Coello used a hand trowel to finish the bottom of the countertop and sink. A plastic tent and warm mist humidifier helped control humidity while the countertop cured for three days.
Next, Coello used a 5-inch wet polisher and diamond pads to expose the aggregate and AGT. He started with a 50-grit and went up to 3,000-grit for polishing. The sink was done using hand polishing pads, Coello says. He used Cheng Pro Formula Sealer to seal the finished countertops, burnishing pads to smooth any air bubbles from the sealer and then finished with a wax and final polish.
This was the first time Coello had used the AGT for a countertop, and he was pleased with the result. "It ground very nice and shined up no problem. We treated it just like any other decorative aggregate." The AGT, which has a pale white color when not glowing and in this case a blue color when glowing works almost as a night light, Coello says. It takes only 10 minutes to charge and can glow for up to 10 hours, he adds. For this countertop, AGT acts as both a decorative and practical feature for the homeowners.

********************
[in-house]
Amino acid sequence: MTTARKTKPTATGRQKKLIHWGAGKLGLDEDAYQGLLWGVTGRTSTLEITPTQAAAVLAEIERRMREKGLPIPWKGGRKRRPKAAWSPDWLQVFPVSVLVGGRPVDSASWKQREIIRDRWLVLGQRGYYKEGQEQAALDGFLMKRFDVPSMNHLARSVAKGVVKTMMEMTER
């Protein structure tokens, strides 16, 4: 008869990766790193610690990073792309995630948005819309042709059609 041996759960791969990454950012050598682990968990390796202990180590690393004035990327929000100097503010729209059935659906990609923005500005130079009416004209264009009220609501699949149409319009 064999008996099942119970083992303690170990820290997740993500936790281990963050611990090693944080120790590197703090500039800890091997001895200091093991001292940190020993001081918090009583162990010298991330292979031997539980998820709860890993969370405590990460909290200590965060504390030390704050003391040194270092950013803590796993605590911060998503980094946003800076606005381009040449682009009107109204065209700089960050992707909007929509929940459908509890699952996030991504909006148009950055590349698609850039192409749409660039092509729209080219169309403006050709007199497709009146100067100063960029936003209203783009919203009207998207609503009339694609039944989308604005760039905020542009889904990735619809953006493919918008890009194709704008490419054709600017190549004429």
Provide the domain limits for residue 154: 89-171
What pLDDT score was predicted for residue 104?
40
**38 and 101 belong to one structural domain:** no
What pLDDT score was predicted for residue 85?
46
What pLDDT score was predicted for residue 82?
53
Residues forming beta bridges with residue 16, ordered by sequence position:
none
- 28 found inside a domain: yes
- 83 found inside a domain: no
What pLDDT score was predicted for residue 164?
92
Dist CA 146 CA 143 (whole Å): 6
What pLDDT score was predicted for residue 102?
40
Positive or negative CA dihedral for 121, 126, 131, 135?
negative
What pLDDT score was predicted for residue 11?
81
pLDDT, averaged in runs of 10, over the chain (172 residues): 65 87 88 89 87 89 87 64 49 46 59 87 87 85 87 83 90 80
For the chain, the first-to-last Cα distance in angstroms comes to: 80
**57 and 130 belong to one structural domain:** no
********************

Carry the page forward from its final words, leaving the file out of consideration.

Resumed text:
To read about more decorative concrete countertops see our article "Concrete Countertops" from the April/May issue of Concrete Contractor.